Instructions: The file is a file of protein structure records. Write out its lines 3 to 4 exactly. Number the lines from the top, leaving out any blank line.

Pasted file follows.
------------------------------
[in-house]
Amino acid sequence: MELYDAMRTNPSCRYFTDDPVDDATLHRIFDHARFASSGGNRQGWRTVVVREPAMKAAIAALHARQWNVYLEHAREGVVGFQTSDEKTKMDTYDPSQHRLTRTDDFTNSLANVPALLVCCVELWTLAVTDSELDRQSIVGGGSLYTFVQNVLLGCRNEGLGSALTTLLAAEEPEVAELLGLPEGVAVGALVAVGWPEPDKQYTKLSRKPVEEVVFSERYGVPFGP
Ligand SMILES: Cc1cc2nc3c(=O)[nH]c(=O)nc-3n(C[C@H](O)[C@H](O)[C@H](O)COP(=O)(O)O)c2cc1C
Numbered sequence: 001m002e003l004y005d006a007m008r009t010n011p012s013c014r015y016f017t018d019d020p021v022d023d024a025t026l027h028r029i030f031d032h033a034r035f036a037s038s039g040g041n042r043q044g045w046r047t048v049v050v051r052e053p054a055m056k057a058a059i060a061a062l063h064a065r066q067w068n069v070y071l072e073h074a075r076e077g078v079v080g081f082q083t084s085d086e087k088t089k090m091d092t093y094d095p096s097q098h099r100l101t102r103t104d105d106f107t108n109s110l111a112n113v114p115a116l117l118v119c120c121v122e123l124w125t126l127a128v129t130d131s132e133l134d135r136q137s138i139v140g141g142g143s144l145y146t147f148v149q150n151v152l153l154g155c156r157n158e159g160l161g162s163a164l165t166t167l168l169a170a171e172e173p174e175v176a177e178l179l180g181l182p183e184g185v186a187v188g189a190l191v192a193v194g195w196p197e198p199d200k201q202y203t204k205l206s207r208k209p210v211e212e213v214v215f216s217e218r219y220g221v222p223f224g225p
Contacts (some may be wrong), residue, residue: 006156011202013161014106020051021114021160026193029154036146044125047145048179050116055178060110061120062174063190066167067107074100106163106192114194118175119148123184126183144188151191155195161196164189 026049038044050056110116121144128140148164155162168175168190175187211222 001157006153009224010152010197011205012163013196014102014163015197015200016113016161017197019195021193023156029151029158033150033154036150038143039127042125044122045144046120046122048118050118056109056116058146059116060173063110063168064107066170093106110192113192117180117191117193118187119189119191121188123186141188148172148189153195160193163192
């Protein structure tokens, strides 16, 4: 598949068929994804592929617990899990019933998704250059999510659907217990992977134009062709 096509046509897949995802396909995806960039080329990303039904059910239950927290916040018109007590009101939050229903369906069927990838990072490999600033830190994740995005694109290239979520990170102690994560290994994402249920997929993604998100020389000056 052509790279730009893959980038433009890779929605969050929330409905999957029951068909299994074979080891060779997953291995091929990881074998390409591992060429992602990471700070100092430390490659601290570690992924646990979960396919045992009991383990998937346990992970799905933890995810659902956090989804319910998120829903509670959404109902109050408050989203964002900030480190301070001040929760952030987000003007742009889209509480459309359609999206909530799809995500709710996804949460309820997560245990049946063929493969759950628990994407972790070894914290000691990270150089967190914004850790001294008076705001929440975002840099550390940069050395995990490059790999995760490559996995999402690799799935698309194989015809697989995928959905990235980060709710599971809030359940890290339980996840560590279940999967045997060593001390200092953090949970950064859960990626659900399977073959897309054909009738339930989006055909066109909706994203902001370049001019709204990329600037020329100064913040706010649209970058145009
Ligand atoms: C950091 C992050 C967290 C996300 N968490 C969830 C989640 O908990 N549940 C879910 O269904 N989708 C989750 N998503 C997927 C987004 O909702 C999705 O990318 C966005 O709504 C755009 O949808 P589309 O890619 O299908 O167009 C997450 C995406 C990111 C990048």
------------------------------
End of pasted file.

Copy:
Ligand SMILES: Cc1cc2nc3c(=O)[nH]c(=O)nc-3n(C[C@H](O)[C@H](O)[C@H](O)COP(=O)(O)O)c2cc1C
Numbered sequence: 001m002e003l004y005d006a007m008r009t010n011p012s013c014r015y016f017t018d019d020p021v022d023d024a025t026l027h028r029i030f031d032h033a034r035f036a037s038s039g040g041n042r043q044g045w046r047t048v049v050v051r052e053p054a055m056k057a058a059i060a061a062l063h064a065r066q067w068n069v070y071l072e073h074a075r076e077g078v079v080g081f082q083t084s085d086e087k088t089k090m091d092t093y094d095p096s097q098h099r100l101t102r103t104d105d106f107t108n109s110l111a112n113v114p115a116l117l118v119c120c121v122e123l124w125t126l127a128v129t130d131s132e133l134d135r136q137s138i139v140g141g142g143s144l145y146t147f148v149q150n151v152l153l154g155c156r157n158e159g160l161g162s163a164l165t166t167l168l169a170a171e172e173p174e175v176a177e178l179l180g181l182p183e184g185v186a187v188g189a190l191v192a193v194g195w196p197e198p199d200k201q202y203t204k205l206s207r208k209p210v211e212e213v214v215f216s217e218r219y220g221v222p223f224g225p